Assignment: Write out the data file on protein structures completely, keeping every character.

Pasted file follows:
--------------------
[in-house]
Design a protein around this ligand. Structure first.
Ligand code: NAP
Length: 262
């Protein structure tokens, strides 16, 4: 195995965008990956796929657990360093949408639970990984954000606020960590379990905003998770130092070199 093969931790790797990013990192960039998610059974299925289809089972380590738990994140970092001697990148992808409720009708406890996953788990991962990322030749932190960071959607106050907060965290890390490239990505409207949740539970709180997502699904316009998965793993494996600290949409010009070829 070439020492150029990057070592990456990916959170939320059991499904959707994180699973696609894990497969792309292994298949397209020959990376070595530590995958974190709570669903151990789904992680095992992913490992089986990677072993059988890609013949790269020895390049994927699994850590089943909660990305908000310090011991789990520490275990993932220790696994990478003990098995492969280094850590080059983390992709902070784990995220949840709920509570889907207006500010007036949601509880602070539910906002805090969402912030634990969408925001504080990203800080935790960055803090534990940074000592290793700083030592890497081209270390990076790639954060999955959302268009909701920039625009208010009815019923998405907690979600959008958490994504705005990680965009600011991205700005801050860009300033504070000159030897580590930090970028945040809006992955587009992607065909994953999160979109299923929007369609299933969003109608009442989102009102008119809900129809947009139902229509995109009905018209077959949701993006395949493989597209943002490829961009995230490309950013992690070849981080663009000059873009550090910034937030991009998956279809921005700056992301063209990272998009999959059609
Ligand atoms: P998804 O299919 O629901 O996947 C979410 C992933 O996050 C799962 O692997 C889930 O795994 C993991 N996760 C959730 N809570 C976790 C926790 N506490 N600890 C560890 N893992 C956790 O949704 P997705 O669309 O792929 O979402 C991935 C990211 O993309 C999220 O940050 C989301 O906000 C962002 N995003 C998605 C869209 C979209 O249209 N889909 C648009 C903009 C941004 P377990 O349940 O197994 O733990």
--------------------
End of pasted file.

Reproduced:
[in-house]
Design a protein around this ligand. Structure first.
Ligand code: NAP
Length: 262
């Protein structure tokens, strides 16, 4: 195995965008990956796929657990360093949408639970990984954000606020960590379990905003998770130092070199 093969931790790797990013990192960039998610059974299925289809089972380590738990994140970092001697990148992808409720009708406890996953788990991962990322030749932190960071959607106050907060965290890390490239990505409207949740539970709180997502699904316009998965793993494996600290949409010009070829 070439020492150029990057070592990456990916959170939320059991499904959707994180699973696609894990497969792309292994298949397209020959990376070595530590995958974190709570669903151990789904992680095992992913490992089986990677072993059988890609013949790269020895390049994927699994850590089943909660990305908000310090011991789990520490275990993932220790696994990478003990098995492969280094850590080059983390992709902070784990995220949840709920509570889907207006500010007036949601509880602070539910906002805090969402912030634990969408925001504080990203800080935790960055803090534990940074000592290793700083030592890497081209270390990076790639954060999955959302268009909701920039625009208010009815019923998405907690979600959008958490994504705005990680965009600011991205700005801050860009300033504070000159030897580590930090970028945040809006992955587009992607065909994953999160979109299923929007369609299933969003109608009442989102009102008119809900129809947009139902229509995109009905018209077959949701993006395949493989597209943002490829961009995230490309950013992690070849981080663009000059873009550090910034937030991009998956279809921005700056992301063209990272998009999959059609
Ligand atoms: P998804 O299919 O629901 O996947 C979410 C992933 O996050 C799962 O692997 C889930 O795994 C993991 N996760 C959730 N809570 C976790 C926790 N506490 N600890 C560890 N893992 C956790 O949704 P997705 O669309 O792929 O979402 C991935 C990211 O993309 C999220 O940050 C989301 O906000 C962002 N995003 C998605 C869209 C979209 O249209 N889909 C648009 C903009 C941004 P377990 O349940 O197994 O733990």